pattern is apparent. Supporting ideas are adequately developed using specific
details: “We finally arrived, and sat down on a blanket in the grass. [Blackie]
ran up, and Jumped in My lap. I ran my fingers through her shinny black fur. I
gazed at the butterflys in the flowers.” Word choice is adequate, sometimes
precise. Various sentence structures are used, and conventions are generally
This response is focused on the student’s new puppy, [Nico]. The organizational plan provides for a
progression of ideas, but the writer sometimes fails to provide effective transitions to logically connect those
ideas. A sense of completeness is conveyed through the organizational plan and ample support. The use of
consistently elaborated personal anecdotes illustrates the special bond between the writer and the puppy:
“One Thursday afternoon when I was coming home from chours at 3:00 pm She sprang up onto the gate
and got out before I could even open it and licked me all over. then she pounced right onto me and knocked
us both over that was hilarious.” Word choice is adequate and occasionally precise. Although sentence
structure variation is attempted, run-on sentences occur: “Last, Saturday when my brother, [Nico], and I
where left alone at the house so that my mom and dad could run some audult arrons & _____ my brother
was cranking up the volume every second on his stereo [Nico] and I were in the kitchen playing fetch when
suddenly someone started to bang on the door screaming, ‘Let me in’.” Knowledge of basic conventions is
The writing is focused on the topic, has a logical
organizational pattern (including a beginning,
middle, conclusion, and transitional devices), and
has ample development of the supporting ideas.
The paper demonstrates a sense of completeness
or wholeness. The writing demonstrates a mature
command of language including precision in word
choice. Subject/verb agreement and verb and
noun forms are generally correct. With few
exceptions, the sentences are complete, except
when fragments are used purposefully. Various
sentence structures are used.
This response focuses on the subject of a
sailing trip. It is organized sequentially, and
supporting ideas are well-developed with
specific details: “So we looked and looked. All
we found was a rotten sandwich, twenty
cents, one hanger and a flip-flop. ‘Well that
plan didn’t work eather’ I moand.” Word
choice is often precise. There is a variety of
sentence structures, and conventions are
This response is clearly focused. The organizational plan includes an inviting introduction, a middle section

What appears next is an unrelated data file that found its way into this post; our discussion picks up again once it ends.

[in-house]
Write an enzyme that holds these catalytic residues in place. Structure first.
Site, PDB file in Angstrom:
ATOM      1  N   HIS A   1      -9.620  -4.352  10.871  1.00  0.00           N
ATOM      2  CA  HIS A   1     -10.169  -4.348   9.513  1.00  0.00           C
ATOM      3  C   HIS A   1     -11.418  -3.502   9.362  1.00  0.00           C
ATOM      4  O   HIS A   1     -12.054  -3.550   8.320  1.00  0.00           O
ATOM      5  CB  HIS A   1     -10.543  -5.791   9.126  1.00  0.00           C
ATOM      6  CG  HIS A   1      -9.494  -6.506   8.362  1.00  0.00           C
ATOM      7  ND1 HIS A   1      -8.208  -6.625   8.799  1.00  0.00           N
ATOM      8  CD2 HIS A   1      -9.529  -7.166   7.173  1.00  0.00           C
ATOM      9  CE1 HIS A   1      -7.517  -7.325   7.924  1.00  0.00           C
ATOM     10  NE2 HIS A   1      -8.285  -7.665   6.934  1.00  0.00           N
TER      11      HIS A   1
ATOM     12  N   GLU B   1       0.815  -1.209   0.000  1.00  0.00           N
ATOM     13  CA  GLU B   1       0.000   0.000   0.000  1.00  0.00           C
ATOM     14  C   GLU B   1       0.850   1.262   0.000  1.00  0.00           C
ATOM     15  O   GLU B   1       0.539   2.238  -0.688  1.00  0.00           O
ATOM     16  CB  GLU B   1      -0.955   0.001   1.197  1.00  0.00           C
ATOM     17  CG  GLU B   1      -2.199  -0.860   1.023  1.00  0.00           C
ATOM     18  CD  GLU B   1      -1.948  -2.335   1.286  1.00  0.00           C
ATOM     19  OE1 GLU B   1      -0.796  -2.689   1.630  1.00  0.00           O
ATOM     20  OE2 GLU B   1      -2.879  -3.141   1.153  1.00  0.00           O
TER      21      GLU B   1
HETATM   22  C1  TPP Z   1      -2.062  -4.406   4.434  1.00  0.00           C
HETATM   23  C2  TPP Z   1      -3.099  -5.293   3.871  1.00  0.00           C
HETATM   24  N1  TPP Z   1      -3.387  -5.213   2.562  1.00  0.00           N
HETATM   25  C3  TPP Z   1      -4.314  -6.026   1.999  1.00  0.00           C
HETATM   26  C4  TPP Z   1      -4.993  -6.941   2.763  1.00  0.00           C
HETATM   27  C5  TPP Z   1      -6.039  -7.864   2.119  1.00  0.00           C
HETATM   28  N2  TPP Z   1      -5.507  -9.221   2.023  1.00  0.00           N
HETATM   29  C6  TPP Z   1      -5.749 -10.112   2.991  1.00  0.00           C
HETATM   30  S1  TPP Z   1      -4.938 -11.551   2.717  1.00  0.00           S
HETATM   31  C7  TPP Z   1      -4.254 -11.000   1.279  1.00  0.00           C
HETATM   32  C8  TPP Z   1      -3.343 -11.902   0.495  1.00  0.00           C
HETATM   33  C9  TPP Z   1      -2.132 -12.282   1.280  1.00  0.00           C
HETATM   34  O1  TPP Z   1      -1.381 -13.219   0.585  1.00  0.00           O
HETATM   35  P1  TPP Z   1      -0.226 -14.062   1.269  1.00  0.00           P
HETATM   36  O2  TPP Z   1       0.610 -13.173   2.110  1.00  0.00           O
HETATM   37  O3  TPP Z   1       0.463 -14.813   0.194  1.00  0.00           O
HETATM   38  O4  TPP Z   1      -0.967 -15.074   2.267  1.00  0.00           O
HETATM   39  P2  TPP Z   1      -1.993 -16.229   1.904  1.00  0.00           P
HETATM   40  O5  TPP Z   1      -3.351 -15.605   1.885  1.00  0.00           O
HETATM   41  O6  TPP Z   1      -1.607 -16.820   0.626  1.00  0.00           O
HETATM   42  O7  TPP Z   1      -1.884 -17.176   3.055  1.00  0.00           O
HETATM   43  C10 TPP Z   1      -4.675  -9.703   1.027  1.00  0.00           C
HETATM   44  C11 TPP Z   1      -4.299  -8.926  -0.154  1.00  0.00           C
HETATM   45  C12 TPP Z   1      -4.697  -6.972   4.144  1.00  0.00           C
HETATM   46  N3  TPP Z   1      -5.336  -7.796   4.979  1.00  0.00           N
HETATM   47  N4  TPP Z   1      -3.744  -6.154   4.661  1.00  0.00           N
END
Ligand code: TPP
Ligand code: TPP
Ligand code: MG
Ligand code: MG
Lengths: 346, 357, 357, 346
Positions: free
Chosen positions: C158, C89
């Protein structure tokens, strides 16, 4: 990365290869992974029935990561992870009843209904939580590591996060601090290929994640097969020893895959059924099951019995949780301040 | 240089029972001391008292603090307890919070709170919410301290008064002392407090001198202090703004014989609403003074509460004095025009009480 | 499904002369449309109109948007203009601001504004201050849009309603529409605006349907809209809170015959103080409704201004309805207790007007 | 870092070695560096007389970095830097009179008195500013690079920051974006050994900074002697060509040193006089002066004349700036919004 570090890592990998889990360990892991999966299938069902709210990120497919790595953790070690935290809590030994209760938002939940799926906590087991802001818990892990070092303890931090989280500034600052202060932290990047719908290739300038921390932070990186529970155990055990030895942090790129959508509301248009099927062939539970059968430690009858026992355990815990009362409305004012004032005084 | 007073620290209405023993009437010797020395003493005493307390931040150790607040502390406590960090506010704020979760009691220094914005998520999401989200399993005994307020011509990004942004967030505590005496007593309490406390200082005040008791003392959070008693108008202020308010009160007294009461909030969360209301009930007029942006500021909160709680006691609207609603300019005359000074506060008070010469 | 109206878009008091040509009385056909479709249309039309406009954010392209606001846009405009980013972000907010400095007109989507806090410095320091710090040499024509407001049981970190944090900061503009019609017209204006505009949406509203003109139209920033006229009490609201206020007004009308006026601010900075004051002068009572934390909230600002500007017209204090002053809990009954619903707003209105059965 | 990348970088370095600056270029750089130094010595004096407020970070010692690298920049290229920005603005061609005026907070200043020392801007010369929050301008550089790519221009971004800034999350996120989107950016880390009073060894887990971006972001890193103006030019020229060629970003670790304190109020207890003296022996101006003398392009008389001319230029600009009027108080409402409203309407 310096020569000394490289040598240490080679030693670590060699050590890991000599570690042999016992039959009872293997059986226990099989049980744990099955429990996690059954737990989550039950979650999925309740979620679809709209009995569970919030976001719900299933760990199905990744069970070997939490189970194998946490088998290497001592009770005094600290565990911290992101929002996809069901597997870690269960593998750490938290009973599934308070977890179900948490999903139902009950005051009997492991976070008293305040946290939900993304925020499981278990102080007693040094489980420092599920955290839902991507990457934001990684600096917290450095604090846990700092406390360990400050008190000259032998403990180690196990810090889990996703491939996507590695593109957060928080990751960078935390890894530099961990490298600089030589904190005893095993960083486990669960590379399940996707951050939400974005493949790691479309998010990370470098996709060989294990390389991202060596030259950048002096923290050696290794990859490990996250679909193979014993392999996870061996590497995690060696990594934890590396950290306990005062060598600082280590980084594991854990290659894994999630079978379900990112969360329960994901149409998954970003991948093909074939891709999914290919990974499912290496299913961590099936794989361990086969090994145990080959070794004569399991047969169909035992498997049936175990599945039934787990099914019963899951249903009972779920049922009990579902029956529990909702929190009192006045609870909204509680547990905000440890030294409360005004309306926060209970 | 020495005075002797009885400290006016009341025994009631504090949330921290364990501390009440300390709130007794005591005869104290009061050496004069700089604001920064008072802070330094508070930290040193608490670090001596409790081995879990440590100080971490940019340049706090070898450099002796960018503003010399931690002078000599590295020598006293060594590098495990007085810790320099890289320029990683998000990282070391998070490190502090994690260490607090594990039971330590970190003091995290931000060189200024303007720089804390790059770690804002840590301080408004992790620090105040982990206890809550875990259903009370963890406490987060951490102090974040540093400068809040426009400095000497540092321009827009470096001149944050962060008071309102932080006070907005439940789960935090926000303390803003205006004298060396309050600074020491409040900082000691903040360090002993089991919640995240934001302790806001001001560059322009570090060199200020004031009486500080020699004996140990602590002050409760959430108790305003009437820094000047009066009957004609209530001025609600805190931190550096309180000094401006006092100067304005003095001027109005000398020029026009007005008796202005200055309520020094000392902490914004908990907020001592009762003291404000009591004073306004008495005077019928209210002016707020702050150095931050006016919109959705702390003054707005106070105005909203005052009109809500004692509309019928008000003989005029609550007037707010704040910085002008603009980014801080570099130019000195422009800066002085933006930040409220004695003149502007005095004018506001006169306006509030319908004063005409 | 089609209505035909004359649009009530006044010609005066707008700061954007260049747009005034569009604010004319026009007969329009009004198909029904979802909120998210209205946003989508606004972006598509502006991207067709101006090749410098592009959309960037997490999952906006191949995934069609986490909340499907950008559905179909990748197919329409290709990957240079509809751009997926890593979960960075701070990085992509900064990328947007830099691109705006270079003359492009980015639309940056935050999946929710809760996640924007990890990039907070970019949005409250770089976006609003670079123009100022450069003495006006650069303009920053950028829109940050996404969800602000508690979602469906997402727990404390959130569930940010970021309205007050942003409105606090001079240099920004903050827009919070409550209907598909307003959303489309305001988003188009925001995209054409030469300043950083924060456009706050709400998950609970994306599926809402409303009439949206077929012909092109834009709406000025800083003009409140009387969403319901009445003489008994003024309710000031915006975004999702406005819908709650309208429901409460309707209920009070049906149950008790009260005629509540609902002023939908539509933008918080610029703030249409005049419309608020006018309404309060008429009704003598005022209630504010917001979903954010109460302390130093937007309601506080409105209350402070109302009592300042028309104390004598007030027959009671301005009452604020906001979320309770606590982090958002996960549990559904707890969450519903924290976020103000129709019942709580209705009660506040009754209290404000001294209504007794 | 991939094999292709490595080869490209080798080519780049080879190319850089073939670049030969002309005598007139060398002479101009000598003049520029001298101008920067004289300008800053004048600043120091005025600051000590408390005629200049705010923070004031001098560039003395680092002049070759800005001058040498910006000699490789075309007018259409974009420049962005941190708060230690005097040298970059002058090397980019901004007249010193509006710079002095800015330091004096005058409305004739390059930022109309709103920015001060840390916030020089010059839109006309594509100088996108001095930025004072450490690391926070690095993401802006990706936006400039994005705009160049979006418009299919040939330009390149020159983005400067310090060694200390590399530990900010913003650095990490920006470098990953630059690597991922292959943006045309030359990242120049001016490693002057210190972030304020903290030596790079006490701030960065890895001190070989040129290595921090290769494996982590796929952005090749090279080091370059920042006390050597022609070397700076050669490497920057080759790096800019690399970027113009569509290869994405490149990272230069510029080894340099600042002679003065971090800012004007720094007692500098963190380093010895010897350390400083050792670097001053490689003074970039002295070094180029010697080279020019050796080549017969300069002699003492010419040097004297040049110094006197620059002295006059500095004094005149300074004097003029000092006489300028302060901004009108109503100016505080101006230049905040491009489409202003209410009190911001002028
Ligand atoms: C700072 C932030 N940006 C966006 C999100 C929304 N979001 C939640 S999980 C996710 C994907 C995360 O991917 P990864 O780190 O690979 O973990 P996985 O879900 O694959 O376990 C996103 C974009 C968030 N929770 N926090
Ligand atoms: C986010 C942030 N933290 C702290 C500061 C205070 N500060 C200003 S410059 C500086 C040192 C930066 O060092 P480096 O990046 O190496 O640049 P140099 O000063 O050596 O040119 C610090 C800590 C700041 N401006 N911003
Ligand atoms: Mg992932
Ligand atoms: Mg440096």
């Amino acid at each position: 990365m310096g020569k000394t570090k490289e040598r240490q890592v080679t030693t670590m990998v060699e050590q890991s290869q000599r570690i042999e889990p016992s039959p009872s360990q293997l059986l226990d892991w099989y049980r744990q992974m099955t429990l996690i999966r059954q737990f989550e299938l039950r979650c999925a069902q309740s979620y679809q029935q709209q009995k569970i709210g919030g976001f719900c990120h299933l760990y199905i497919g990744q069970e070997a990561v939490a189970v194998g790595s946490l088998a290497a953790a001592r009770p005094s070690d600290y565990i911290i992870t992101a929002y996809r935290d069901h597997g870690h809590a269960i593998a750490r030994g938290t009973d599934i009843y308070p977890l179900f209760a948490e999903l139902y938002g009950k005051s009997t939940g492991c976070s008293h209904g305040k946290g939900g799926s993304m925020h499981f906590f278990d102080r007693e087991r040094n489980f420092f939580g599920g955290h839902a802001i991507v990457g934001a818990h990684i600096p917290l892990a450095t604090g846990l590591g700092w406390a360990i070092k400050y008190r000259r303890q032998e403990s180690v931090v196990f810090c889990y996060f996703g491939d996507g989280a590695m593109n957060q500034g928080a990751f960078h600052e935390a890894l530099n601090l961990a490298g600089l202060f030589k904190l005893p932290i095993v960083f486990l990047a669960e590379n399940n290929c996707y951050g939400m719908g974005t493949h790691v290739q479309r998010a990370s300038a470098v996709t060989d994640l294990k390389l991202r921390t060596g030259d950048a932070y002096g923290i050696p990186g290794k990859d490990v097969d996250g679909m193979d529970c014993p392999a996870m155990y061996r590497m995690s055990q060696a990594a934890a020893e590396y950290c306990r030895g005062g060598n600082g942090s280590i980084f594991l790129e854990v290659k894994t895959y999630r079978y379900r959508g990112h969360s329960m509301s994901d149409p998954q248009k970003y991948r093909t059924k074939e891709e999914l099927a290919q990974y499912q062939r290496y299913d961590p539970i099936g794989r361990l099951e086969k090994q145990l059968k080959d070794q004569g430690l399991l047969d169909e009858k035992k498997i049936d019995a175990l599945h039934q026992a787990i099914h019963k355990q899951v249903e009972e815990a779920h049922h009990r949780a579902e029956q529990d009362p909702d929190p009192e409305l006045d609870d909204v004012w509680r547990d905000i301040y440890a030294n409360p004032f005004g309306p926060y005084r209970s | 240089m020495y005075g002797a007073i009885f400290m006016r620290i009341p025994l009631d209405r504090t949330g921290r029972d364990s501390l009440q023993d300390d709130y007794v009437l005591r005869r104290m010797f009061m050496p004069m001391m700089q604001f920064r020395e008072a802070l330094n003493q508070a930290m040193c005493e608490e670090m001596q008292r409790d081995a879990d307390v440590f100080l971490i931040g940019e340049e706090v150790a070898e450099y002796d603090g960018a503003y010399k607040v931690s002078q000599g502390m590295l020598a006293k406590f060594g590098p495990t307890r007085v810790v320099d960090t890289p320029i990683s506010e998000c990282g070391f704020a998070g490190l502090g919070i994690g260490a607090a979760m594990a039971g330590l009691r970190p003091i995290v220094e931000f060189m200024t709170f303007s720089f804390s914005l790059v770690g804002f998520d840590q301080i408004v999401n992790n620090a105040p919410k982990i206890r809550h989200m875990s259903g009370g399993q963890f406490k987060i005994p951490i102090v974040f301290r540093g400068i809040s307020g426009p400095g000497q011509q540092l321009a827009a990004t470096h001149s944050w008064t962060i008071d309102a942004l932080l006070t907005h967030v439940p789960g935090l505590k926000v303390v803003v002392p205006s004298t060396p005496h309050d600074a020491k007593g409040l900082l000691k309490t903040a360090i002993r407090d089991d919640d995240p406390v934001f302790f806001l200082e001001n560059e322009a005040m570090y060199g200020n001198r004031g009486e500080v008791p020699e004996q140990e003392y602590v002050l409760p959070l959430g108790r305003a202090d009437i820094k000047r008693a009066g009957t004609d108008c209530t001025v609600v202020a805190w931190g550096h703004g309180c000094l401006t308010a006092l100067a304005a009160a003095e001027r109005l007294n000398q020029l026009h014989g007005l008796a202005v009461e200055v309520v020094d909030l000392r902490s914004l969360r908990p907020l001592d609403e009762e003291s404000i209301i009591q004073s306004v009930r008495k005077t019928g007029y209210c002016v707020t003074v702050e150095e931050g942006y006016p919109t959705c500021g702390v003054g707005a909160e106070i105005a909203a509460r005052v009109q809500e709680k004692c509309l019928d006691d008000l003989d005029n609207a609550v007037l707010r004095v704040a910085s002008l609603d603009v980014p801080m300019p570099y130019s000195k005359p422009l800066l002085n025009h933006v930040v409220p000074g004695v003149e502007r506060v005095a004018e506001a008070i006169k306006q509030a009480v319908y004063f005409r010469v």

explaining how “My dog, [Carly] . . . does amazing tricks and makes me happy when I am sad” and a brief
conclusion. The writer’s organizational plan, including some effective transitional devices and ample support,
contribute to a sense of completeness. Support is developed through descriptive examples, illustrations, and
anecdotes. In the third paragraph, the writer vividly illustrates how [Carly] does an amazing trick: “My sister
came back with the cherrios and handed me some cherrios and I threw one into the air not knowing what
[Carly] was going to do. [Carly] sprang up and cought the cherrio right in the air.” A mature command of
language is demonstrated, including precise word choice: “I ran out to our living room and plopped onto the
cozy couch,” and “I smiled through all my tears and patted her head untill my arm got tired.” Sentence
structure is varied, and conventions are generally followed.
READ! Read often. Read aloud. Read silently. Read books. Read short
stories, poems, cookbooks, letters, greeting cards. Get the idea? Read,
read, read, and read some more!
PROVIDE WRITING MATERIALS! Paper of all kinds, colors, textures, and
sizes, pens, pencils, whatever will invite you writer to explore writing in
original, colorful ways.
Take Turns! Be the reader sometimes. Other times, let your child read aloud
– This builds comprehension skills, a sense of voice, and much more.
Write Notes! A personal note – just a few words – tucked in a lunch box or
under a pillow can be a wonderful surprise. If you’re lucky, you’ll get a
response. Writing doesn’t always have to be big.
READERS’ THEATER! Read a play or any book that lends itself to two
voices. Your young writer will soon have an “ear” for sentence fluency.
RESOURCES! Have a dictionary handy! A thesaurus? Grammar
handbook? If not, shop together for books both of you like. Use them with
care. For example, when you use a thesaurus, don’t take the first word on
the list. Choose the word that’s just right!
BROWSE! Discover the fine art of browsing at the
local bookstore or the library.
BE A WRITER YOURSELF! A simple grocery list hold
a dozen potential lessons on word choice,
organization, and conventions.
READING CORNER! Where you read can be almost
as important as what you read. A love of reading will
lead to a love of writing!
SHARE! Do you write as part of your job? Letters?
Memos? Reports? Evaluations? Advertising or
promotional materials? Directions? Almost everyone in
every occupation writes something. Share some of
your work related writing with your student writer.
State of Florida. (2007). Report on the
2007 FCAT writing+ assessment: Florida
writes! Retrieved from
Brevard County School District. (2007)
Writing tips for parents. Retrieved from